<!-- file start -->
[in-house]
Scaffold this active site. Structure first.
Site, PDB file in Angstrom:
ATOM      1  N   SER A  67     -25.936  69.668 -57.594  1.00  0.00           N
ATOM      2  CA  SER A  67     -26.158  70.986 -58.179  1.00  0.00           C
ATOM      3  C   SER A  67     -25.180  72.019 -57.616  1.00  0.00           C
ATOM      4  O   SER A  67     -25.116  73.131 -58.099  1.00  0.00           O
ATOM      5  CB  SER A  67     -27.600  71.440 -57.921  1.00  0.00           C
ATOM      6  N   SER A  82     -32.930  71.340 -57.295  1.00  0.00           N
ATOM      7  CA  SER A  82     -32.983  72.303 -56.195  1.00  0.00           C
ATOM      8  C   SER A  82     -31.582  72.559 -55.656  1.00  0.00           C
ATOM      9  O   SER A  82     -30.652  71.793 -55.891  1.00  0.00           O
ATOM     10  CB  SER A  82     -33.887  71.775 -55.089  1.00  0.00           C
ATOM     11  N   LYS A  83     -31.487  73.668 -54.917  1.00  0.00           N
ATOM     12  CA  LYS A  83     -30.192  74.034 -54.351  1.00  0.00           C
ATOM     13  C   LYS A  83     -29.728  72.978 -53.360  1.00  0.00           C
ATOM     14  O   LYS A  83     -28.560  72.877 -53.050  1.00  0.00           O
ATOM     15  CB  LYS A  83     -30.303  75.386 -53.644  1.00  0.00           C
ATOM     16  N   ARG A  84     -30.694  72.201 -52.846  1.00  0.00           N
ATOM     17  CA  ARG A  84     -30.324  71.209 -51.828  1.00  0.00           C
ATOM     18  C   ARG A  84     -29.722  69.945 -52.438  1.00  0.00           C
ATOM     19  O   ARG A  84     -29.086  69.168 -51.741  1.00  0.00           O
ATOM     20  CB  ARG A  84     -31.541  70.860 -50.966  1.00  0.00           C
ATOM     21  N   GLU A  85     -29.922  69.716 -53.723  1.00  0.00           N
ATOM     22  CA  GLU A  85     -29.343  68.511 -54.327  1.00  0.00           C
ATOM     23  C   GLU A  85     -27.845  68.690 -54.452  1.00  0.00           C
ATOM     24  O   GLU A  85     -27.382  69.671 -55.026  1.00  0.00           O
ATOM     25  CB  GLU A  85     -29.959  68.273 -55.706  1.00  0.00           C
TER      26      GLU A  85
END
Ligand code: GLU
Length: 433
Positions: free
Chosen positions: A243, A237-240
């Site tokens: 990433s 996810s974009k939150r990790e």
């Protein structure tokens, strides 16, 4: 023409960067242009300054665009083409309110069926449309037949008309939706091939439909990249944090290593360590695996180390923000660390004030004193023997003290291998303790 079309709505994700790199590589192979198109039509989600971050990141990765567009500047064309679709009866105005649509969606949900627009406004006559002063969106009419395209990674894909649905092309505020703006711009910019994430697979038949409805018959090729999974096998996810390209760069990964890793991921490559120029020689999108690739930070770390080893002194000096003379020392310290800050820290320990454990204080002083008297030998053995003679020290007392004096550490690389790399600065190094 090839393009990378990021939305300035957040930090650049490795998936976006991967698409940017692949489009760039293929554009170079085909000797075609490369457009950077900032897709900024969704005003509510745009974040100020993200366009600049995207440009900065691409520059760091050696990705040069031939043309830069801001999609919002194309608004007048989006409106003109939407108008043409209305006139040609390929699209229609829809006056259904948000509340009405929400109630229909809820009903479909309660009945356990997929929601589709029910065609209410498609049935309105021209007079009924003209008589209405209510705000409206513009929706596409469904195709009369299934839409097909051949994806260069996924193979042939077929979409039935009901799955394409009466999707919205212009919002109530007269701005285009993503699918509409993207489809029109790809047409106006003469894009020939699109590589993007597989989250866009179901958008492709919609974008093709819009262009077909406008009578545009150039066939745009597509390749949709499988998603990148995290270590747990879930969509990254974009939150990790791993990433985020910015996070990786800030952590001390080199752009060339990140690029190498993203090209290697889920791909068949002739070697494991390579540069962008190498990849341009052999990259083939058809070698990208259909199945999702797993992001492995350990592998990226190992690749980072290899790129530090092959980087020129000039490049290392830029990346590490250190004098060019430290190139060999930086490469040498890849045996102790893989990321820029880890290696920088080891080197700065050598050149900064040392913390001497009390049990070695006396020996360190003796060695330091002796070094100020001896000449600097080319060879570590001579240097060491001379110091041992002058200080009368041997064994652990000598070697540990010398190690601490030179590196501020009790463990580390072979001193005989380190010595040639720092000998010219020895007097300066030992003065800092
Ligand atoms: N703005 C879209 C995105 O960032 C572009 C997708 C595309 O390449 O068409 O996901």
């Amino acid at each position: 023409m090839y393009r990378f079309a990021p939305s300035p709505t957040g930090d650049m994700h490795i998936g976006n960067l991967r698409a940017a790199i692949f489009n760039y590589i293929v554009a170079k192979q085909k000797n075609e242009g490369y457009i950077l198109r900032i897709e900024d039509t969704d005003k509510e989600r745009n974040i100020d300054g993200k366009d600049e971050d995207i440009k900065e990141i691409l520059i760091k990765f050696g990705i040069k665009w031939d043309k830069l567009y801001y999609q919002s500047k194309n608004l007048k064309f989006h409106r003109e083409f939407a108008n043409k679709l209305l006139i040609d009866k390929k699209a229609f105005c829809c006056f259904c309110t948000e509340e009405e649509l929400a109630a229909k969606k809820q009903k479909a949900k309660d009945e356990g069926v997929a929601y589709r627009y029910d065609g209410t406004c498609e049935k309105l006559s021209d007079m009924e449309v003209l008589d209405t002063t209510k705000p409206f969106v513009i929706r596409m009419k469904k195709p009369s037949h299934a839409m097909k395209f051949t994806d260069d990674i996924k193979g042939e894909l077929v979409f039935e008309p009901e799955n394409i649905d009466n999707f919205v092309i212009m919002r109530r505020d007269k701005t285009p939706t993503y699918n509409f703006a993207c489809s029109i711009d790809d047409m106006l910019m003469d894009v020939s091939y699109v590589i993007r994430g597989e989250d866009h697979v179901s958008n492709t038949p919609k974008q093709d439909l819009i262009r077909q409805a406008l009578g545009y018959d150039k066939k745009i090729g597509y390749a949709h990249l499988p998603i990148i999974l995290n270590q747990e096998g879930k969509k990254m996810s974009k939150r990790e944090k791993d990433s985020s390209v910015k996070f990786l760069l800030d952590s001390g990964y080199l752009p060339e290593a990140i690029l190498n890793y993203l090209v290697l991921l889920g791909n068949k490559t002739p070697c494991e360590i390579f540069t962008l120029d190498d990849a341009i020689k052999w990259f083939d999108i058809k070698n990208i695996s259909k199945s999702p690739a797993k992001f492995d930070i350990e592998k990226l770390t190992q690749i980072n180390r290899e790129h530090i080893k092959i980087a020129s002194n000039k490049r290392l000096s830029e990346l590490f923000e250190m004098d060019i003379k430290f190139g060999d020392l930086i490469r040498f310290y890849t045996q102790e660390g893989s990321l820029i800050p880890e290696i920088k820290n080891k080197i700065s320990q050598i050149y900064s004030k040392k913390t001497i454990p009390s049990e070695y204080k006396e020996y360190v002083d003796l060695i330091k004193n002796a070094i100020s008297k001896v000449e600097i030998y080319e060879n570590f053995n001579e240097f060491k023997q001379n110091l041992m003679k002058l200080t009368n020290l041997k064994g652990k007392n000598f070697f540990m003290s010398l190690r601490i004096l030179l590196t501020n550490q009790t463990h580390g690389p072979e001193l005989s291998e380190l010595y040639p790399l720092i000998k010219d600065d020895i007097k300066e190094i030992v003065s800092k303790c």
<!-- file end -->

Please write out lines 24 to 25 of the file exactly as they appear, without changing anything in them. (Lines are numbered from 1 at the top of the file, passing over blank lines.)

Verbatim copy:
ATOM     21  N   GLU A  85     -29.922  69.716 -53.723  1.00  0.00           N
ATOM     22  CA  GLU A  85     -29.343  68.511 -54.327  1.00  0.00           C